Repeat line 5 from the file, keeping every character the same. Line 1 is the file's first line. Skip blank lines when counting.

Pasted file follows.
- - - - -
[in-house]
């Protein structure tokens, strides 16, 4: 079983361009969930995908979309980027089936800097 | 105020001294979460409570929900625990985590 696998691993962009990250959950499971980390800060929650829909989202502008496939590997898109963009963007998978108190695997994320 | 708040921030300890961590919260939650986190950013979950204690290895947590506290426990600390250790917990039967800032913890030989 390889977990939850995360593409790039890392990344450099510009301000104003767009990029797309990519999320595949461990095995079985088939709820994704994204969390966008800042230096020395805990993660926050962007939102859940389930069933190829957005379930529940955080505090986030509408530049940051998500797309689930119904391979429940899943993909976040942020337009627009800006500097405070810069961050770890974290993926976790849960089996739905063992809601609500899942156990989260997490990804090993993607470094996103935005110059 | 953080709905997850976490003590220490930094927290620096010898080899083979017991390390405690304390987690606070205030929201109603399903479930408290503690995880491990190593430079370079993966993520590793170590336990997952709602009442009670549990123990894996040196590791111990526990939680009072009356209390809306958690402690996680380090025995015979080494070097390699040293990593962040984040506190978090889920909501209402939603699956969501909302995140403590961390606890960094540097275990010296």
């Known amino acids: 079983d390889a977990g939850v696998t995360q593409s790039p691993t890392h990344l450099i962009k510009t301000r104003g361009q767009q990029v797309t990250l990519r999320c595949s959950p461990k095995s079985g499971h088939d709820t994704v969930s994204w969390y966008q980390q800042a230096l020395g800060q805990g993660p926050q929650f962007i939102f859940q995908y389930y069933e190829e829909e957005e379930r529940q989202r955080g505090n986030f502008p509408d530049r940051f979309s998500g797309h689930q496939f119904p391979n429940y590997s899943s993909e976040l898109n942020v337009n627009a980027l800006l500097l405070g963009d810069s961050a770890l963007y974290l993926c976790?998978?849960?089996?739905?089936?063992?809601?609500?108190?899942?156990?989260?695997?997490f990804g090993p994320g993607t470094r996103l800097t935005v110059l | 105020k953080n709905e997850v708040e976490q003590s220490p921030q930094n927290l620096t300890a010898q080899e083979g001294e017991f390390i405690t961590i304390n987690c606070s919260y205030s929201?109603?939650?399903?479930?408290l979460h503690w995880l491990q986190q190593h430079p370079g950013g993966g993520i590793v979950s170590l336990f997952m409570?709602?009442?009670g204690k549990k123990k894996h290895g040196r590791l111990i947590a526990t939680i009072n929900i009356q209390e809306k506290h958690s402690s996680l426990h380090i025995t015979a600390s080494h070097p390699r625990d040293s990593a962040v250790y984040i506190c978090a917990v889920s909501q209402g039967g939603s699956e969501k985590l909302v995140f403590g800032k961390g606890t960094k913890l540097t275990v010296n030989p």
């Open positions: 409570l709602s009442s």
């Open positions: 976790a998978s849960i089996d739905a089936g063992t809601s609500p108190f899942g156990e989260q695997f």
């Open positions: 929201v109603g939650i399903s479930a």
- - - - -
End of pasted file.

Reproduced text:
């Open positions: 976790a998978s849960i089996d739905a089936g063992t809601s609500p108190f899942g156990e989260q695997f």